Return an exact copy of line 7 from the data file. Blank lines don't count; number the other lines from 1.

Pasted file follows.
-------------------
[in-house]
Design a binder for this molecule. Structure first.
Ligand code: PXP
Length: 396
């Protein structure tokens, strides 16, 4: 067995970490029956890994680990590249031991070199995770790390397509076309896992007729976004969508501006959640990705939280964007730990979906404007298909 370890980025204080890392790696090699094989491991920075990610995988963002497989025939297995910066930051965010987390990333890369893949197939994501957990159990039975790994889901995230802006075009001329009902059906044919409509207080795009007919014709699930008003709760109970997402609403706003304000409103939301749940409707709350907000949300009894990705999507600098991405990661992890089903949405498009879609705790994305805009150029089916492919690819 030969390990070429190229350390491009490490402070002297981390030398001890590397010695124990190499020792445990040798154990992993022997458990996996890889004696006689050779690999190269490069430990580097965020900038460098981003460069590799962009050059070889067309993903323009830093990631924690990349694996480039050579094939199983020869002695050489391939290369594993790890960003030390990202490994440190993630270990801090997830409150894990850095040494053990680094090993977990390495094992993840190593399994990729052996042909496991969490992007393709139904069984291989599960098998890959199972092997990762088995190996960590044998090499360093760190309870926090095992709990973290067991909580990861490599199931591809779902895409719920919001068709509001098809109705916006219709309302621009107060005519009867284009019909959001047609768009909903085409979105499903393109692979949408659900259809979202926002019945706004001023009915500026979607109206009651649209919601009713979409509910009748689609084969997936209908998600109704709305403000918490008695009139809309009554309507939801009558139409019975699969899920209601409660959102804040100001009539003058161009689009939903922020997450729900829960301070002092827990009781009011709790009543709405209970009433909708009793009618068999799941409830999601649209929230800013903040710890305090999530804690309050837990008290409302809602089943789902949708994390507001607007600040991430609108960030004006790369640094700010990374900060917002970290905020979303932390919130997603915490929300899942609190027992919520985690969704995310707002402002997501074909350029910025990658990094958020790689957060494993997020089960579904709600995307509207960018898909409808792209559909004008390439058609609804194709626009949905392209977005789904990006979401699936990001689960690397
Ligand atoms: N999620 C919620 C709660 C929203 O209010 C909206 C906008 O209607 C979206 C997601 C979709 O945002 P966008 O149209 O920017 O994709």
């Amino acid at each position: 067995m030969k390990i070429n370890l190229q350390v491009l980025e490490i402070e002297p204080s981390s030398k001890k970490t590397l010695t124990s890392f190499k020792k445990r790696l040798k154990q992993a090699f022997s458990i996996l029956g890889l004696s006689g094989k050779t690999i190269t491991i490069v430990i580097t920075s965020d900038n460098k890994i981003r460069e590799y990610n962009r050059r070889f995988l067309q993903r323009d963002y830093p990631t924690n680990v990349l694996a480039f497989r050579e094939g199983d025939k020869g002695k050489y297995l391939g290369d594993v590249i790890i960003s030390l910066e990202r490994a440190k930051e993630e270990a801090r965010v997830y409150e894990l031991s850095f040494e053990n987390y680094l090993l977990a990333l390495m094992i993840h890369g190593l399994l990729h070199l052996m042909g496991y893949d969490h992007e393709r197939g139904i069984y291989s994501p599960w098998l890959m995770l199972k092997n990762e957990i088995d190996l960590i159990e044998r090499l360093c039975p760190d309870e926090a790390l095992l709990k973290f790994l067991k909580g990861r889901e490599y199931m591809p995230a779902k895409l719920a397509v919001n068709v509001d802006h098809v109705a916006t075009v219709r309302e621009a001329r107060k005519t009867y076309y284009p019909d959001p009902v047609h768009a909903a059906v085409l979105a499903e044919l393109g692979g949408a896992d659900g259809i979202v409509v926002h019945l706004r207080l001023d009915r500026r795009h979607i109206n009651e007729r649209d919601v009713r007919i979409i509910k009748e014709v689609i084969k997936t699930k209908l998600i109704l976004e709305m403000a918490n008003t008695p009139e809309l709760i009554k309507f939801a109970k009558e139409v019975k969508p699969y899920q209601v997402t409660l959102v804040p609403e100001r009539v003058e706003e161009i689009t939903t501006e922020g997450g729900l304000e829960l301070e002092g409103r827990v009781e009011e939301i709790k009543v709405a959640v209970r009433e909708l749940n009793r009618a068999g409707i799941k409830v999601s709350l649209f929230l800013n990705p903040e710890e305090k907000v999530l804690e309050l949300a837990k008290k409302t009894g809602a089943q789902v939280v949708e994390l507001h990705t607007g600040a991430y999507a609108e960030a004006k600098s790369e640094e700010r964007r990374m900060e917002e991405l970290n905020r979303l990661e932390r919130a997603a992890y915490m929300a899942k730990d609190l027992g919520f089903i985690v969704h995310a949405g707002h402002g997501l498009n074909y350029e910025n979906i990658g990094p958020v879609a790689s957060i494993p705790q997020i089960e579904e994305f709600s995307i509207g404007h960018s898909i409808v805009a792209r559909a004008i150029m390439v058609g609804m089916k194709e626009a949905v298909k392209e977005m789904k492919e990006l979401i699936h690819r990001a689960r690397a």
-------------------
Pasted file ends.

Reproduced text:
């Amino acid at each position: 067995m030969k390990i070429n370890l190229q350390v491009l980025e490490i402070e002297p204080s981390s030398k001890k970490t590397l010695t124990s890392f190499k020792k445990r790696l040798k154990q992993a090699f022997s458990i996996l029956g890889l004696s006689g094989k050779t690999i190269t491991i490069v430990i580097t920075s965020d900038n460098k890994i981003r460069e590799y990610n962009r050059r070889f995988l067309q993903r323009d963002y830093p990631t924690n680990v990349l694996a480039f497989r050579e094939g199983d025939k020869g002695k050489y297995l391939g290369d594993v590249i790890i960003s030390l910066e990202r490994a440190k930051e993630e270990a801090r965010v997830y409150e894990l031991s850095f040494e053990n987390y680094l090993l977990a990333l390495m094992i993840h890369g190593l399994l990729h070199l052996m042909g496991y893949d969490h992007e393709r197939g139904i069984y291989s994501p599960w098998l890959m995770l199972k092997n990762e957990i088995d190996l960590i159990e044998r090499l360093c039975p760190d309870e926090a790390l095992l709990k973290f790994l067991k909580g990861r889901e490599y199931m591809p995230a779902k895409l719920a397509v919001n068709v509001d802006h098809v109705a916006t075009v219709r309302e621009a001329r107060k005519t009867y076309y284009p019909d959001p009902v047609h768009a909903a059906v085409l979105a499903e044919l393109g692979g949408a896992d659900g259809i979202v409509v926002h019945l706004r207080l001023d009915r500026r795009h979607i109206n009651e007729r649209d919601v009713r007919i979409i509910k009748e014709v689609i084969k997936t699930k209908l998600i109704l976004e709305m403000a918490n008003t008695p009139e809309l709760i009554k309507f939801a109970k009558e139409v019975k969508p699969y899920q209601v997402t409660l959102v804040p609403e100001r009539v003058e706003e161009i689009t939903t501006e922020g997450g729900l304000e829960l301070e002092g409103r827990v009781e009011e939301i709790k009543v709405a959640v209970r009433e909708l749940n009793r009618a068999g409707i799941k409830v999601s709350l649209f929230l800013n990705p903040e710890e305090k907000v999530l804690e309050l949300a837990k008290k409302t009894g809602a089943q789902v939280v949708e994390l507001h990705t607007g600040a991430y999507a609108e960030a004006k600098s790369e640094e700010r964007r990374m900060e917002e991405l970290n905020r979303l990661e932390r919130a997603a992890y915490m929300a899942k730990d609190l027992g919520f089903i985690v969704h995310a949405g707002h402002g997501l498009n074909y350029e910025n979906i990658g990094p958020v879609a790689s957060i494993p705790q997020i089960e579904e994305f709600s995307i509207g404007h960018s898909i409808v805009a792209r559909a004008i150029m390439v058609g609804m089916k194709e626009a949905v298909k392209e977005m789904k492919e990006l979401i699936h690819r990001a689960r690397a």